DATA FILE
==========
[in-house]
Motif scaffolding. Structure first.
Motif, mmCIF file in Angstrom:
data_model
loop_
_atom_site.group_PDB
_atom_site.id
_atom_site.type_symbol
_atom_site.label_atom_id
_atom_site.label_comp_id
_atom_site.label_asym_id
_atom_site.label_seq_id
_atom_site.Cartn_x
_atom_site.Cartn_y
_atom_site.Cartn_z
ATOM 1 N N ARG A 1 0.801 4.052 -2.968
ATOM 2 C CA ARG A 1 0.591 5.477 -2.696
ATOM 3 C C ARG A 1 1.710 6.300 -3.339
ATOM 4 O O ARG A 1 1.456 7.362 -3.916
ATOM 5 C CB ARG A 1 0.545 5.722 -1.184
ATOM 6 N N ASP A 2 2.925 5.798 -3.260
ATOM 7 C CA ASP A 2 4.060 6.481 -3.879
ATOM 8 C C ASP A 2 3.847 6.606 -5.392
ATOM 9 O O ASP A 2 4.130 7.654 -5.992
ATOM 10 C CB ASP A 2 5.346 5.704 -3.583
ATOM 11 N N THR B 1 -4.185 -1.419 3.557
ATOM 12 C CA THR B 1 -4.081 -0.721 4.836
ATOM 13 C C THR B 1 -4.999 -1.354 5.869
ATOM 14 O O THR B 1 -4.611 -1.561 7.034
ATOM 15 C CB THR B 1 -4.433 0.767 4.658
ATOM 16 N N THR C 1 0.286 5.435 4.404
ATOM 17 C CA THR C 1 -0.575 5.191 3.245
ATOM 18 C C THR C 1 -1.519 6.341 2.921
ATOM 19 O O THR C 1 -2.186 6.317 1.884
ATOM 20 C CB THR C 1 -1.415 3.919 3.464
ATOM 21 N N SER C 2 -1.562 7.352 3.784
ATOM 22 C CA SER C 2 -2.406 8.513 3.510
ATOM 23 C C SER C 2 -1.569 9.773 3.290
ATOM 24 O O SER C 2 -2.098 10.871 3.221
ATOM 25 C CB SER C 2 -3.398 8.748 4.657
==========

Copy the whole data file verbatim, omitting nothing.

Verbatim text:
[in-house]
Motif scaffolding. Structure first.
Motif, mmCIF file in Angstrom:
data_model
loop_
_atom_site.group_PDB
_atom_site.id
_atom_site.type_symbol
_atom_site.label_atom_id
_atom_site.label_comp_id
_atom_site.label_asym_id
_atom_site.label_seq_id
_atom_site.Cartn_x
_atom_site.Cartn_y
_atom_site.Cartn_z
ATOM 1 N N ARG A 1 0.801 4.052 -2.968
ATOM 2 C CA ARG A 1 0.591 5.477 -2.696
ATOM 3 C C ARG A 1 1.710 6.300 -3.339
ATOM 4 O O ARG A 1 1.456 7.362 -3.916
ATOM 5 C CB ARG A 1 0.545 5.722 -1.184
ATOM 6 N N ASP A 2 2.925 5.798 -3.260
ATOM 7 C CA ASP A 2 4.060 6.481 -3.879
ATOM 8 C C ASP A 2 3.847 6.606 -5.392
ATOM 9 O O ASP A 2 4.130 7.654 -5.992
ATOM 10 C CB ASP A 2 5.346 5.704 -3.583
ATOM 11 N N THR B 1 -4.185 -1.419 3.557
ATOM 12 C CA THR B 1 -4.081 -0.721 4.836
ATOM 13 C C THR B 1 -4.999 -1.354 5.869
ATOM 14 O O THR B 1 -4.611 -1.561 7.034
ATOM 15 C CB THR B 1 -4.433 0.767 4.658
ATOM 16 N N THR C 1 0.286 5.435 4.404
ATOM 17 C CA THR C 1 -0.575 5.191 3.245
ATOM 18 C C THR C 1 -1.519 6.341 2.921
ATOM 19 O O THR C 1 -2.186 6.317 1.884
ATOM 20 C CB THR C 1 -1.415 3.919 3.464
ATOM 21 N N SER C 2 -1.562 7.352 3.784
ATOM 22 C CA SER C 2 -2.406 8.513 3.510
ATOM 23 C C SER C 2 -1.569 9.773 3.290
ATOM 24 O O SER C 2 -2.098 10.871 3.221
ATOM 25 C CB SER C 2 -3.398 8.748 4.657